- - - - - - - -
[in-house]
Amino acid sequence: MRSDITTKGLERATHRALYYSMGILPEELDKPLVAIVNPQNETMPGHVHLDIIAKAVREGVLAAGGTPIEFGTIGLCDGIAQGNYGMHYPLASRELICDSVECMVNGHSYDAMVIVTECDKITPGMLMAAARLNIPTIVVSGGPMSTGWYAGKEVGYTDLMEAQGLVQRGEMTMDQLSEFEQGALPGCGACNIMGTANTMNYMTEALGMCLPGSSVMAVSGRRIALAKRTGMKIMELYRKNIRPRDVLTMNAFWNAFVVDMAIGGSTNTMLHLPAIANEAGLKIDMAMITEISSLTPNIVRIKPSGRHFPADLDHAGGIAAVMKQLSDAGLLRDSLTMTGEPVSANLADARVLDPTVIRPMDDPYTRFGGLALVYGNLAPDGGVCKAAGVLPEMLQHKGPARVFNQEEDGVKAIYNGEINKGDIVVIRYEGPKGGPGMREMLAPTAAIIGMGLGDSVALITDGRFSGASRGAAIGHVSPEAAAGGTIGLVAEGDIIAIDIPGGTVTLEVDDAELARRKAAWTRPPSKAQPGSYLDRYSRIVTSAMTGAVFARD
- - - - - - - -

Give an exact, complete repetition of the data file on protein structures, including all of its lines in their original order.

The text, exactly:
[in-house]
Amino acid sequence: MRSDITTKGLERATHRALYYSMGILPEELDKPLVAIVNPQNETMPGHVHLDIIAKAVREGVLAAGGTPIEFGTIGLCDGIAQGNYGMHYPLASRELICDSVECMVNGHSYDAMVIVTECDKITPGMLMAAARLNIPTIVVSGGPMSTGWYAGKEVGYTDLMEAQGLVQRGEMTMDQLSEFEQGALPGCGACNIMGTANTMNYMTEALGMCLPGSSVMAVSGRRIALAKRTGMKIMELYRKNIRPRDVLTMNAFWNAFVVDMAIGGSTNTMLHLPAIANEAGLKIDMAMITEISSLTPNIVRIKPSGRHFPADLDHAGGIAAVMKQLSDAGLLRDSLTMTGEPVSANLADARVLDPTVIRPMDDPYTRFGGLALVYGNLAPDGGVCKAAGVLPEMLQHKGPARVFNQEEDGVKAIYNGEINKGDIVVIRYEGPKGGPGMREMLAPTAAIIGMGLGDSVALITDGRFSGASRGAAIGHVSPEAAAGGTIGLVAEGDIIAIDIPGGTVTLEVDDAELARRKAAWTRPPSKAQPGSYLDRYSRIVTSAMTGAVFARD